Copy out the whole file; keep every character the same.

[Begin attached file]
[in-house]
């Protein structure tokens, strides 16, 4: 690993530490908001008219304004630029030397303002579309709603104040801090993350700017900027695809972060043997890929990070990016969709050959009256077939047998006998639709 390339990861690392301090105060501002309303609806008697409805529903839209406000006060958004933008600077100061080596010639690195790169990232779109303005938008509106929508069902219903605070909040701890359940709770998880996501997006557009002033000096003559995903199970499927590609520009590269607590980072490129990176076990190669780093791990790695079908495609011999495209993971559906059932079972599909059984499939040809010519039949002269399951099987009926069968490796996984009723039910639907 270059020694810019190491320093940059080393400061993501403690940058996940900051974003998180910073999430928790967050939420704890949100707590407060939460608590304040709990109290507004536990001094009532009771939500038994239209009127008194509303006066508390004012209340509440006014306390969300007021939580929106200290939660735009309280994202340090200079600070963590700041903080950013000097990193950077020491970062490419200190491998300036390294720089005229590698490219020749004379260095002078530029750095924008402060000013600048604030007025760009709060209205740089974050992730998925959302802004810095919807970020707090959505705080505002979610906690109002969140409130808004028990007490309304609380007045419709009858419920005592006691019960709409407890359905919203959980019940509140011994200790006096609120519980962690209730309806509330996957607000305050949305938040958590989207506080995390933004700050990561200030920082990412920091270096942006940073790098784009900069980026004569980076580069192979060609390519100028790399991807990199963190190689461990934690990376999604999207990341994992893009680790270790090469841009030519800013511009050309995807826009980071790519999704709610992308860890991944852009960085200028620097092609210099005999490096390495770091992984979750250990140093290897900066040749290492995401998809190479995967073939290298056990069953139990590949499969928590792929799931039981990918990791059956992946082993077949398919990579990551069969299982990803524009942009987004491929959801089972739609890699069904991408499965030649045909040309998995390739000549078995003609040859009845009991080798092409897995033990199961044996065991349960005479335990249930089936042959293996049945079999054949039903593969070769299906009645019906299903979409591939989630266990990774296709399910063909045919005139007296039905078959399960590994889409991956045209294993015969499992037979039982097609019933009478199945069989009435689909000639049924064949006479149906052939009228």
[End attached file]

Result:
[in-house]
């Protein structure tokens, strides 16, 4: 690993530490908001008219304004630029030397303002579309709603104040801090993350700017900027695809972060043997890929990070990016969709050959009256077939047998006998639709 390339990861690392301090105060501002309303609806008697409805529903839209406000006060958004933008600077100061080596010639690195790169990232779109303005938008509106929508069902219903605070909040701890359940709770998880996501997006557009002033000096003559995903199970499927590609520009590269607590980072490129990176076990190669780093791990790695079908495609011999495209993971559906059932079972599909059984499939040809010519039949002269399951099987009926069968490796996984009723039910639907 270059020694810019190491320093940059080393400061993501403690940058996940900051974003998180910073999430928790967050939420704890949100707590407060939460608590304040709990109290507004536990001094009532009771939500038994239209009127008194509303006066508390004012209340509440006014306390969300007021939580929106200290939660735009309280994202340090200079600070963590700041903080950013000097990193950077020491970062490419200190491998300036390294720089005229590698490219020749004379260095002078530029750095924008402060000013600048604030007025760009709060209205740089974050992730998925959302802004810095919807970020707090959505705080505002979610906690109002969140409130808004028990007490309304609380007045419709009858419920005592006691019960709409407890359905919203959980019940509140011994200790006096609120519980962690209730309806509330996957607000305050949305938040958590989207506080995390933004700050990561200030920082990412920091270096942006940073790098784009900069980026004569980076580069192979060609390519100028790399991807990199963190190689461990934690990376999604999207990341994992893009680790270790090469841009030519800013511009050309995807826009980071790519999704709610992308860890991944852009960085200028620097092609210099005999490096390495770091992984979750250990140093290897900066040749290492995401998809190479995967073939290298056990069953139990590949499969928590792929799931039981990918990791059956992946082993077949398919990579990551069969299982990803524009942009987004491929959801089972739609890699069904991408499965030649045909040309998995390739000549078995003609040859009845009991080798092409897995033990199961044996065991349960005479335990249930089936042959293996049945079999054949039903593969070769299906009645019906299903979409591939989630266990990774296709399910063909045919005139007296039905078959399960590994889409991956045209294993015969499992037979039982097609019933009478199945069989009435689909000639049924064949006479149906052939009228």